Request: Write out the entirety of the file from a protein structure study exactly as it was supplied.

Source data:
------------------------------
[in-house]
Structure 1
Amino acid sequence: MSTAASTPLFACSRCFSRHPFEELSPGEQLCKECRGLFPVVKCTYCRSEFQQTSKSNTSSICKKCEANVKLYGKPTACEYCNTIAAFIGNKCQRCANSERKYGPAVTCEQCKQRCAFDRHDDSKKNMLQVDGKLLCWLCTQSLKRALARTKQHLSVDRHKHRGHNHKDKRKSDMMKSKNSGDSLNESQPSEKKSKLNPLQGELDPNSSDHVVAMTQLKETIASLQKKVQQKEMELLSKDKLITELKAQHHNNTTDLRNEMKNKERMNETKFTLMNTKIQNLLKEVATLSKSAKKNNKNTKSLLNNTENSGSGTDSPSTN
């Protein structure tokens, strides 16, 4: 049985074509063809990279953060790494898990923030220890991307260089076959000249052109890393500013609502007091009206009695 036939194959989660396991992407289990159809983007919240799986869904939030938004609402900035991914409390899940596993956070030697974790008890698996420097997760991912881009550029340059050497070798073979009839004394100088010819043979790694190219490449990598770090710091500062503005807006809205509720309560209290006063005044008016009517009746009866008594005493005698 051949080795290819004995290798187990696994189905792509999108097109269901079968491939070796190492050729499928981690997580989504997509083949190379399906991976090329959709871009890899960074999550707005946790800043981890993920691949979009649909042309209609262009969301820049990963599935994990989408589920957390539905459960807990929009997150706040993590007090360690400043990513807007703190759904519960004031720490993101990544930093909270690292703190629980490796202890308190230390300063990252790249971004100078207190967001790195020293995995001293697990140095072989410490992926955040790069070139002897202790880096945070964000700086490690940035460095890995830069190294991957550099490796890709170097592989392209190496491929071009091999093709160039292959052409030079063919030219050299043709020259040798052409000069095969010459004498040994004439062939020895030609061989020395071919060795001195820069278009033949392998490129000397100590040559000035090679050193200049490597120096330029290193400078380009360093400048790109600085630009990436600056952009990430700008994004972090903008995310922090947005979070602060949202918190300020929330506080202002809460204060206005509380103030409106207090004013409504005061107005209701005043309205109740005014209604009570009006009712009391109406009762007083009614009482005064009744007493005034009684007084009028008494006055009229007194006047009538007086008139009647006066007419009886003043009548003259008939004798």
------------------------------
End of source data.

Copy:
[in-house]
Structure 1
Amino acid sequence: MSTAASTPLFACSRCFSRHPFEELSPGEQLCKECRGLFPVVKCTYCRSEFQQTSKSNTSSICKKCEANVKLYGKPTACEYCNTIAAFIGNKCQRCANSERKYGPAVTCEQCKQRCAFDRHDDSKKNMLQVDGKLLCWLCTQSLKRALARTKQHLSVDRHKHRGHNHKDKRKSDMMKSKNSGDSLNESQPSEKKSKLNPLQGELDPNSSDHVVAMTQLKETIASLQKKVQQKEMELLSKDKLITELKAQHHNNTTDLRNEMKNKERMNETKFTLMNTKIQNLLKEVATLSKSAKKNNKNTKSLLNNTENSGSGTDSPSTN
């Protein structure tokens, strides 16, 4: 049985074509063809990279953060790494898990923030220890991307260089076959000249052109890393500013609502007091009206009695 036939194959989660396991992407289990159809983007919240799986869904939030938004609402900035991914409390899940596993956070030697974790008890698996420097997760991912881009550029340059050497070798073979009839004394100088010819043979790694190219490449990598770090710091500062503005807006809205509720309560209290006063005044008016009517009746009866008594005493005698 051949080795290819004995290798187990696994189905792509999108097109269901079968491939070796190492050729499928981690997580989504997509083949190379399906991976090329959709871009890899960074999550707005946790800043981890993920691949979009649909042309209609262009969301820049990963599935994990989408589920957390539905459960807990929009997150706040993590007090360690400043990513807007703190759904519960004031720490993101990544930093909270690292703190629980490796202890308190230390300063990252790249971004100078207190967001790195020293995995001293697990140095072989410490992926955040790069070139002897202790880096945070964000700086490690940035460095890995830069190294991957550099490796890709170097592989392209190496491929071009091999093709160039292959052409030079063919030219050299043709020259040798052409000069095969010459004498040994004439062939020895030609061989020395071919060795001195820069278009033949392998490129000397100590040559000035090679050193200049490597120096330029290193400078380009360093400048790109600085630009990436600056952009990430700008994004972090903008995310922090947005979070602060949202918190300020929330506080202002809460204060206005509380103030409106207090004013409504005061107005209701005043309205109740005014209604009570009006009712009391109406009762007083009614009482005064009744007493005034009684007084009028008494006055009229007194006047009538007086008139009647006066007419009886003043009548003259008939004798």